Magic tubes

Last year, I put Vittoria latex tubes in my Conti GP5000 tires. I’m two years now on the same tubes (except during winter when I went with butyl tubes in Schwalbe Duranos). I’ve gotten no flats in lots of riding, much of it pretty rough.

Am I pushing my luck, and should replace the tubes before they wear out? Are these magic tubes and I shouldn’t mess with my good luck? Or am I jinxing everything by even bringing it up?

The tires are really the ones protecting. Once something penetrate the inner part of the tire, there is no real difference between the tubes.
Now latex tubes bring a better ride less power losses, better road touch and some weight gain that “feels” good. So if inflating tires each rides is not a problem, there are no real reasons not to use them!

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I don’t believe tubes wear per se, unlike tires. So, don’t replace them until they puncture.

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I have a couple of sets of latex tubes. One are paired with GP 5000’s for the past 2 years. Again no punctures and I have no plan to replace them. The other latex tubes are paired with vredestein tyres and have not punctured.
There’s some selection bias going on as the latex tubes are on the ‘better’ bikes so they get to stay home when the weather is a bit iffy and the bikes with butyl have to suffer the rain and gritty roads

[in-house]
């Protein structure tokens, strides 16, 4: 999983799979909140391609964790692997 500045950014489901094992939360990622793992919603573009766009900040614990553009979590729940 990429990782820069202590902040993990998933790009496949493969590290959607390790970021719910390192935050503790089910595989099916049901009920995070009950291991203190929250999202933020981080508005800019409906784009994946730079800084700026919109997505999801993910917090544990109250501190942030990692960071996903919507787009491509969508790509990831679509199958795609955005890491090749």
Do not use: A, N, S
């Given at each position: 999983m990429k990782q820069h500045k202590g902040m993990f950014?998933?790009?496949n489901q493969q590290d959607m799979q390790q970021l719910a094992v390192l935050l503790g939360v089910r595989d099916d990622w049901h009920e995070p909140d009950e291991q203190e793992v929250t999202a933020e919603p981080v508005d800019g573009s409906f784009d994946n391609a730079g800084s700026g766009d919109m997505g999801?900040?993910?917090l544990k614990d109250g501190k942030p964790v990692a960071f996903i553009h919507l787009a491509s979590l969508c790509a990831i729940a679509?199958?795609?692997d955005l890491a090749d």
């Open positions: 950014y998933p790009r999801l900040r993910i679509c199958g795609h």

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Pretty good for hoop-shaped party balloons. But you also feel like butyl is better for cold and gritty weather?

I have been using Vittoria latex tubes in all my tires, summer or winter, for three years now. Tires are GP4000 or GP5000 (I rotate between three sets). I‘ve flattened not once, a lot less than with the Continental butyl I had been using before, on basically the same roads, mostly tarmac. I changed some other variables, too - like going from 28mm back to 25mm and therefore running higher pressure in tires that better fit the rims, so it’s probably not significant. When I changed a tire because of wear once, the Latex tube had worn visibly thin over the spoke holes’ eyelets. So they do wear out - and I didn’t put that one back in, but have no reason to change them before they burst otherwise.

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they wear, more specifically they chafe. probably best to replace at the start of a new riding year.

btw, Vittoria latex tubes rule.

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I’m in the “if it ain’t broke it don’t need fixin” camp, otherwise known as the “money doesn’t grow on trees” contingent, so, no, you needn’t replace tubes that are holding air perfectly well, just because a certain arbitrary length of time has passed (a year? why 365 days?). It’s more about the tires, as mentioned above, than the tubes, as to whether you get flats or not, and of course where you ride.

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Is this tubes in general? How and where do they chafe?

yea, tubes in general, it’s simple mechanics. but it’s more of a consideration with light, thin walled (latex) tubes because there’s less material to get through. as far as where the chafe occurs, different equipment is going to create different points of wear, you have to pay attention to it because there’s no excess material to prevent slow leaks from forming.